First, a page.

If you want a complete argument for compact Riemann surfaces, a nice treatment using sheaves is in the book Lectures on Riemann surfaces by Robert Gunning, including some nice Hilbert space arguments to deduce the finiteness of cohomology groups. I like the old book, but a more current version of his notes are posted on his web site at: https://web.math.princeton.edu/~gunning/

Finally David Mumford recommended reading the argument by George Kempf, in Crelle’s Journal, and reproduced in his book Algebraic Varieties, using sheaf theory heavily for the algebraic case. I found this rather terse, but aspire to understanding it. Here is a link to it: http://gdz.sub.uni-goettingen.de/dms/load/img/?PID=GDZPPN002194015&physid=PHYS_0046

Please forgive the somewhat rushed answer, I hope some of the references are useful. I apologize if my correction of an error causes a bump, but I hope it does not.

• This is the sort of answer that makes MO the valuable asset it is. Thanks! – Mariano Suárez-Álvarez Oct 28 '16 at 7:55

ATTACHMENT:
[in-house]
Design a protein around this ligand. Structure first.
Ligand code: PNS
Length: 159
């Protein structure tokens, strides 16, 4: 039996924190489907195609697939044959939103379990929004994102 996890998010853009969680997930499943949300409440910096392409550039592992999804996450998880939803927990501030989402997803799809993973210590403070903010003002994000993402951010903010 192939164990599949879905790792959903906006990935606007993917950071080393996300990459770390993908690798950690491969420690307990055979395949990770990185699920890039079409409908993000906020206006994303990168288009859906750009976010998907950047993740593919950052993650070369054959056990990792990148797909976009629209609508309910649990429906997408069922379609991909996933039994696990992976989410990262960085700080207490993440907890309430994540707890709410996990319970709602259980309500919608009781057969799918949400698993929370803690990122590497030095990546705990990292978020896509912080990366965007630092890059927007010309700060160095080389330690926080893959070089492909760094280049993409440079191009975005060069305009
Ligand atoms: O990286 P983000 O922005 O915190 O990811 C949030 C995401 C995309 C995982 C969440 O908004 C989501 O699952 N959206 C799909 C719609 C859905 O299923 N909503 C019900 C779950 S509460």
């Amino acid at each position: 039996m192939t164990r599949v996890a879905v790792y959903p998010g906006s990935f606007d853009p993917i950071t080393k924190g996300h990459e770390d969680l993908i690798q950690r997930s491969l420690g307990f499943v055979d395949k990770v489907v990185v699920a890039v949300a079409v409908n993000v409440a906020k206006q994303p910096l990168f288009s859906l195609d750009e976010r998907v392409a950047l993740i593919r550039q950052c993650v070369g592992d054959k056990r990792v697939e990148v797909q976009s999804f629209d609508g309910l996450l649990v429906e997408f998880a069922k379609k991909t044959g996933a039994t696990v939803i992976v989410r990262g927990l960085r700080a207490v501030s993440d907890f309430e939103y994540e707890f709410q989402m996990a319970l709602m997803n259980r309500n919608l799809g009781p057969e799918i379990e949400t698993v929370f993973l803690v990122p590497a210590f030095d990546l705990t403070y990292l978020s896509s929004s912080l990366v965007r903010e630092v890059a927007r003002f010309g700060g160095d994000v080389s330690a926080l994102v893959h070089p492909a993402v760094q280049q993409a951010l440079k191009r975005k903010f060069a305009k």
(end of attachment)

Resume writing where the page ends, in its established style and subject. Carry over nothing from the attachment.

• at the cost of bumping this, I have added a link to my course notes with a complete proof for smooth plane curves, as mentioned above. – roy smith Oct 31 '16 at 16:05
• @Mariano, this site is a privilege to participate in. I.e. this answer would not have survived a week on wikipedia, and I speak from experience. – roy smith Nov 18 '16 at 1:34
• your answer is characteristic of the best in MO: it communicates understanding and insight. Neither Wikipedia abounds in that nor, sadly, the majority of literature. I love finding counterexamples to my claim here! – Mariano Suárez-Álvarez Nov 18 '16 at 1:54

Joe Harris, as recorded in his course notes here, gives the following slick proof when both $D$ and $K-D$ are effective; it has the advantage of never mentioning $H^1$. See lecture 1 for this argument, and 6-7 for removing the effectiveness hypothesis.

Let $X$ be a complete connected curve of genus $g$. Let $K$ be the canonical class, and let $D = x_1 + x_2 + \cdots + x_n$ be an effective divisor. For notational simplicity, assume the $x_i$ are distinct. Assume also that we already know $\dim H^0(X, \Omega^1)=g$ and $\deg K = 2g-2$. For each $x_i$, choose a uniformizer $z_i$ near $x_i$, so that we have a residue map $\mathrm{Res}_i$ from meromorphic functions on $X$ to $\mathbb{C}$. An element of $\mathcal{O}(D)$ which has no residue at any $x_i$ is a global holomorphic function, hence a constant, so we have an exact sequence: $$0 \to \mathbb{C} \to H^0(\mathcal{O}(D)) \to \mathbb{C}^n$$ where the last map is the direct sum of the residue maps.